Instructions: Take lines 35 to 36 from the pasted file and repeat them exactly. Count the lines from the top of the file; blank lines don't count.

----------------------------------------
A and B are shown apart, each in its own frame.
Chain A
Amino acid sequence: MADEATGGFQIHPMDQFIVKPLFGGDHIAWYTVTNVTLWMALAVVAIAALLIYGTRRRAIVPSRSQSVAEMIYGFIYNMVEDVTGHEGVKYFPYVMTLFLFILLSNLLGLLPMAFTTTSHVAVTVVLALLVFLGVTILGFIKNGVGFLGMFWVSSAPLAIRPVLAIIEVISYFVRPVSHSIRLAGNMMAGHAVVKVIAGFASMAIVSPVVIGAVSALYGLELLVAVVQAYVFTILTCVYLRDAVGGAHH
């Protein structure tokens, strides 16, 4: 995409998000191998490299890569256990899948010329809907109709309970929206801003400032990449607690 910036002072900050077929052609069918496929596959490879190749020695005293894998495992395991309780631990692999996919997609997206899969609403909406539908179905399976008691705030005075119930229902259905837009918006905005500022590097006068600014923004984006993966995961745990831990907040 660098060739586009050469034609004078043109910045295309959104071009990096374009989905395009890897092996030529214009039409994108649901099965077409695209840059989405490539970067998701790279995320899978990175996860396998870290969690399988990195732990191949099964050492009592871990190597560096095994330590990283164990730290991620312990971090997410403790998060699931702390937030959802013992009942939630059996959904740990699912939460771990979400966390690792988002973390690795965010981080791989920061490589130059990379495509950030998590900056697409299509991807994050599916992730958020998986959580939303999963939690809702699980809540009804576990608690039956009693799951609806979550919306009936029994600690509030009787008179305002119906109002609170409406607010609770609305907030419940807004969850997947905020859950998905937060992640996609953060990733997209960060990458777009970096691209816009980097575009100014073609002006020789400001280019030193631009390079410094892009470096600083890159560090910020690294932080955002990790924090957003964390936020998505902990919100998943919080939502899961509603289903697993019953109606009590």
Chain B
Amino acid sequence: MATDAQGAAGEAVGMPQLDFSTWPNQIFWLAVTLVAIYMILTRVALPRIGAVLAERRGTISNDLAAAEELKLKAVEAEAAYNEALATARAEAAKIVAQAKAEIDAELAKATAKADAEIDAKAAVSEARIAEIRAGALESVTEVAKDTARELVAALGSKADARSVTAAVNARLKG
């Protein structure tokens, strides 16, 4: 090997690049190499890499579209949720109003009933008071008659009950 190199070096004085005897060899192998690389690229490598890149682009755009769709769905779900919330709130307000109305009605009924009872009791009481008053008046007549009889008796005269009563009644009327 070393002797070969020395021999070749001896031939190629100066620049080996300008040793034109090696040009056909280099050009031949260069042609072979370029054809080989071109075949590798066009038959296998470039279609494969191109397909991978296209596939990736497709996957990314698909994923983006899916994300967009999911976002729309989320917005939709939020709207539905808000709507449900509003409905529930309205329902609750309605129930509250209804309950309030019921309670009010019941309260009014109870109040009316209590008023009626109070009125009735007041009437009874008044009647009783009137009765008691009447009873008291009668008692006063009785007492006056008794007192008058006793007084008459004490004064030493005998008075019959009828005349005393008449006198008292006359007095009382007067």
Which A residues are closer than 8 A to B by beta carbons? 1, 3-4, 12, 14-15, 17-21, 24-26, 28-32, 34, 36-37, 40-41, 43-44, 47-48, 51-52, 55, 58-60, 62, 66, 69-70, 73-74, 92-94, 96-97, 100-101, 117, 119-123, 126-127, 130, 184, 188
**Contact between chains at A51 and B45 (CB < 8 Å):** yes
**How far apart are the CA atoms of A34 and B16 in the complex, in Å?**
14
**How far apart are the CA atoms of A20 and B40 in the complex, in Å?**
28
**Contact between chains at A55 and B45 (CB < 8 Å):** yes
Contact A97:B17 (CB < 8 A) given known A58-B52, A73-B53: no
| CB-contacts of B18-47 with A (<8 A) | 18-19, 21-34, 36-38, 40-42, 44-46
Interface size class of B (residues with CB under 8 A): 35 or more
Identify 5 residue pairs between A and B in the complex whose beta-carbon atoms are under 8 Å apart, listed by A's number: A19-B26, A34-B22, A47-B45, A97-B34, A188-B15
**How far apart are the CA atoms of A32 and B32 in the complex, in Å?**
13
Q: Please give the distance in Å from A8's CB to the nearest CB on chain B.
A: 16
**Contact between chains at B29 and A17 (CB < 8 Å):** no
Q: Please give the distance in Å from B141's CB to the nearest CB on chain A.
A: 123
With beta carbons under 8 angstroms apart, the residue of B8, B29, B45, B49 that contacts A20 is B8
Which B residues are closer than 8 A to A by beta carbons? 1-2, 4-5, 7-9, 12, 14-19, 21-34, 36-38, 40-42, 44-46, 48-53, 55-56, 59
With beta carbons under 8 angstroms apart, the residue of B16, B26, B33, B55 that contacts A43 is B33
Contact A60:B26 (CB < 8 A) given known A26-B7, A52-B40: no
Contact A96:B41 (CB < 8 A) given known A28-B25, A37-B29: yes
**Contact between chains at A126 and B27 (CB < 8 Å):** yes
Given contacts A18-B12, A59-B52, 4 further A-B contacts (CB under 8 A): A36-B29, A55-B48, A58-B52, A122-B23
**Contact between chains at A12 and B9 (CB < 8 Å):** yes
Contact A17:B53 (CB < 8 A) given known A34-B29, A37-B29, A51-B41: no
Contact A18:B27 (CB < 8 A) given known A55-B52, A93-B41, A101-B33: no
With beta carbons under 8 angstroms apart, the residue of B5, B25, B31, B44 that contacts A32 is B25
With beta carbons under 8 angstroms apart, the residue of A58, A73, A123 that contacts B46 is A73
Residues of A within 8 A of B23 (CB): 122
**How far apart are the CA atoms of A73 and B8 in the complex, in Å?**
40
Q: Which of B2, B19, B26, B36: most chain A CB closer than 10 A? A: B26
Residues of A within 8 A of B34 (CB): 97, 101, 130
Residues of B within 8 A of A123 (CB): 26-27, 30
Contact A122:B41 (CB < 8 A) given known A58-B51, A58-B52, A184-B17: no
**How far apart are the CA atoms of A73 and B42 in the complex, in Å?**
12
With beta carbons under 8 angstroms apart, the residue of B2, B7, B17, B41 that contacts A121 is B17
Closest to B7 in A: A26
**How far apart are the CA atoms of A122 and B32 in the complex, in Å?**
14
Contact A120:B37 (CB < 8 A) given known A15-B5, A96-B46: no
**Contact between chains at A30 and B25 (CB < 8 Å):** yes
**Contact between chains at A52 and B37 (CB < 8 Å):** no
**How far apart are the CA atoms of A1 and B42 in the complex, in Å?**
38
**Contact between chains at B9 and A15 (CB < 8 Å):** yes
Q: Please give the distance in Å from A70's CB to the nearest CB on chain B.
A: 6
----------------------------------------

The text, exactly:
Contact A18:B27 (CB < 8 A) given known A55-B52, A93-B41, A101-B33: no
With beta carbons under 8 angstroms apart, the residue of B5, B25, B31, B44 that contacts A32 is B25